We further confirmed the antimicrobial activities of recombinant MccJ25 by SEM and TEM. In our study, we found that recombinant MccJ25 has an acute negative effect on inner membrane integrity. As observed by TEM, the cytoplasmic membrane thinned, broke, and disintegrated. Abnormal separation was also observed. To our knowledge, this study was the first time that recombinant MccJ25 was observed to lead to lysis of the S. Pullorum cytoplasmic membrane and release of fluid and debris. Previous published studies have reported that MccJ25 disrupts membrane integrity in S. enterica Newport, in liposomes, and in uncharged phospholipid monolayers. However, these properties have been reported to be specific to S. enterica serovars and have been observed at concentrations greater than those of the MICs (Rintoul et al., 2001). Overall, our findings are consistent with an acting mechanism confined to the cytoplasmic membrane. These macroscopic effects indicate that these peptides might kill cells in different ways. Moreover, most AMPs disrupt membranes or induce pore/ion channel formation in the cytoplasmic membranes of susceptible bacteria (Han et al., 2011; Li et al., 2017; Wang et al., 2017). Additionally, some AMPs have multiple potential targets in bacteria, including the DNA, RNA, cell wall, cytoplasmic membrane, and various enzymes (Lee et al., 2016). On the other hand, our previous study has been shown that recombinant MccJ25 suppress intestinal inflammation and improve intestinal epithelial barrier function independently of their antimicrobial activity (Yu et al., 2018a). Consistent with the previous study, in the present study, we also found that recombinant MccJ25 inhibited S. Pullorum invasion and attenuated S. Pullorum-induced decreases in TEER and increases in FD4 and LDH levels (Supplementary Figure S2). To further investigate, the antibacterial activity of recombinant MccJ25 treatments on IPEC-J2 cells against S. Pullorum may be attributed to tight junction proteins (TJPs) expression (Supplementary Figures S1, S3). These results provide further evidence that recombinant MccJ25 is a candidate for clinical therapeutic use. For the determination of TJPs expression, the primers used are listed in Supplementary Table S1.
To summarize, this work showed that recombinant MccJ25 exhibits the greatest antimicrobial activity against different phases of Salmonella and E. coli, as well as harbors strong antimicrobial activity in various environments, thus mimicking real-world situations. In particular, examining the activity of recombinant MccJ25 against Salmonella and E. coli O157:H7 in food products showed the potential of recombinant MccJ25 as an antimicrobial agent or bioactive compound in the food industry. Recombinant MccJ25 has advantages over toxic chemicals commonly used for food and animal application due to its lack of toxicity, high bio-degradability, cost, availability, and reduced public health concerns. Although we identified relatively resistant strains of Salmonella and E. coli, high efficacy of recombinant MccJ25 (MIC was less or equal to 6.25 μg/mL) was found for all strains. Overall, the results of our study show great potential of recombinant MccJ25 to treat pathogens infections diseases caused by Salmonella and E. coli, especially multidrug resistant microorganisms, without adverse side effects. These data also support further investigations for larger scale application of a recombinant MccJ25 that offers broad range antimicrobial activity and low environmental impact.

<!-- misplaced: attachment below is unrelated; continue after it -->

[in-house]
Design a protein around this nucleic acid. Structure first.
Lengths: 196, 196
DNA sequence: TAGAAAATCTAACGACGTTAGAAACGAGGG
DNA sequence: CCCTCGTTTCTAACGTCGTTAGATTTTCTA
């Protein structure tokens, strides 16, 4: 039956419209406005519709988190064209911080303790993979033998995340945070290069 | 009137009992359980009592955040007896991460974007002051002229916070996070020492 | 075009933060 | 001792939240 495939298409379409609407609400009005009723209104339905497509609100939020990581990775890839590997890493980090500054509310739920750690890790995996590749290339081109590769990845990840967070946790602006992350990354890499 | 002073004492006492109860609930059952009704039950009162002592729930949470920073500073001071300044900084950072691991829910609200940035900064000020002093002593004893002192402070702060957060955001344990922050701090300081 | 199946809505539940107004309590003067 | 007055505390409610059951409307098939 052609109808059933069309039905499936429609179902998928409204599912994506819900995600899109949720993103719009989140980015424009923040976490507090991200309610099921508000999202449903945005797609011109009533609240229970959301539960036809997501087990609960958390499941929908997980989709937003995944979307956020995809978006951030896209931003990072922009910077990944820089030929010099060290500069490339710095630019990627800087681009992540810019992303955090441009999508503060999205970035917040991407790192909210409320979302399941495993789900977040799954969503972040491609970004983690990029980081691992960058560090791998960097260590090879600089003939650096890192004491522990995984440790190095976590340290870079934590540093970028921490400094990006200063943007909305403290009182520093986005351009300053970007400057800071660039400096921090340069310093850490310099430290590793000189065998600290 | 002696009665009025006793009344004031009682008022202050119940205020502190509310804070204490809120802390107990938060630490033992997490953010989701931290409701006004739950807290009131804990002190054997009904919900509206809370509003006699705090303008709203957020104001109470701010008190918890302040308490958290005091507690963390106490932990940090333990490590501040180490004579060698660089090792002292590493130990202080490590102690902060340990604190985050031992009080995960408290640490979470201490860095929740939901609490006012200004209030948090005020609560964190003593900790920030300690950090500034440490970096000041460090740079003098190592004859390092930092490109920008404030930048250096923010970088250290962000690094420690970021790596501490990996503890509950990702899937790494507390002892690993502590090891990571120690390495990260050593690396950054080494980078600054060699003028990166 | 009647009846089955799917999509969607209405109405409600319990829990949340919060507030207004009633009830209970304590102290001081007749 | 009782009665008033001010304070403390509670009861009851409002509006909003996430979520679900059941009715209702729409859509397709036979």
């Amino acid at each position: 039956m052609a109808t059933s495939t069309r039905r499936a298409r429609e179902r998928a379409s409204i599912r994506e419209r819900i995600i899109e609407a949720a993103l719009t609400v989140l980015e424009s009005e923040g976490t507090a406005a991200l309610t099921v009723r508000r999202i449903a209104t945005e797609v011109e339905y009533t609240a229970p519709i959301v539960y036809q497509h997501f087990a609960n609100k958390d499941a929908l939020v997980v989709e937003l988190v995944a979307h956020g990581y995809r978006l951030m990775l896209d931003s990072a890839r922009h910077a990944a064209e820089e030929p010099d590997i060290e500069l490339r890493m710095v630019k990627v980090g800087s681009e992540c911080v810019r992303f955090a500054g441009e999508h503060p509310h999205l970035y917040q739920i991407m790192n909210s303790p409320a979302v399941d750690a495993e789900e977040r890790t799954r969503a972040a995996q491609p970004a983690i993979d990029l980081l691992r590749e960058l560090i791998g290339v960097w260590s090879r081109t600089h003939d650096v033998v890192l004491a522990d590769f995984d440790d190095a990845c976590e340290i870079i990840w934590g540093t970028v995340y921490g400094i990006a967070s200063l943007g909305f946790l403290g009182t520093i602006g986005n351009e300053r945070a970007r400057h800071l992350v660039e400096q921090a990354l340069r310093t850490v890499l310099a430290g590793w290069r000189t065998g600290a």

SQ, XZ, and QS obtained the financial support. SQ, XZ, and HY designed and oversaw the study. HY, NL, and LL performed the cells experiment and cultured the cells. HY, SC, and YW conducted and performed the qPCR. HY, GW, and SH analyzed the data. XD provided the recombinant MccJ25 sample. HY wrote the manuscript with contributions from all other authors. All authors read and approved the final manuscript. SQ is the guarantor of this work.
This work was supported by the National Key Research and Development Program of China (Grant Number 2016YFD0501308), Agro-scientific Research in the Public Interest (Grant Number 201403047), and Research and Application of Key Technologies for Enterobactercin New Veterinary Drug Product Development (Grant Number Z171100001317017).
Conflict of Interest Statement
The authors declare that the research was conducted in the absence of any commercial or financial relationships that could be construed as a potential conflict of interest.
The authors would like to express special thanks to American Journal Experts for scrutinizing and correcting the language.
The Supplementary Material for this article can be found online at: https://www.frontiersin.org/articles/10.3389/fmicb.2019.01954/full#supplementary-material
AMPs, antimicrobial peptides; E. coli, Escherichia coli; ETEC, enterotoxigenic E. coli; MBC, minimum bactericidal concentration; MccJ25, microcin J25; MIC, minimum inhibitory concentration; PBS, phosphate buffered saline; SEM, scanning electron microscopy; SEY, sterilized egg yolk; SGF, simulated gastric fluid; SIF, simulated intestinal fluid; SKM, sterilized skim milk; SMS, sterilized mincemeat supernatant; S. Pullorum, Salmonella Pullorum; S. Typhimurium, Salmonella Typhimurium; TEM, transmission electron microscopy; TSA, Trypticase Soy agar; XLT4, xylose lysine tergitol 4.
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Keywords: Salmonella, Escherichia coli O157:H7, recombinant microcin J25, antimicrobial activity, biological environments, stability, mitigation
Citation: Yu H, Li N, Zeng X, Liu L, Wang Y, Wang G, Cai S, Huang S, Ding X, Song Q and Qiao S (2019) A Comprehensive Antimicrobial Activity Evaluation of the Recombinant Microcin J25 Against the Foodborne Pathogens Salmonella and E. coli O157:H7 by Using a Matrix of Conditions. Front. Microbiol. 10:1954. doi: 10.3389/fmicb.2019.01954
Received: 10 February 2019; Accepted: 08 August 2019;
Published: 27 August 2019.
Edited by:Steven L. Cobb, Durham University, United Kingdom
Reviewed by:César de la Fuente, Massachusetts Institute of Technology, United States
Shankar Thangamani, Midwestern University College of Veterinary Medicine, United States
Copyright © 2019 Yu, Li, Zeng, Liu, Wang, Wang, Cai, Huang, Ding, Song and Qiao. This is an open-access article distributed under the terms of the Creative Commons Attribution License (CC BY). The use, distribution or reproduction in other forums is permitted, provided the original author(s) and the copyright owner(s) are credited and that the original publication in this journal is cited, in accordance with accepted academic practice. No use, distribution or reproduction is permitted which does not comply with these terms.
*Correspondence: Shiyan Qiao, firstname.lastname@example.org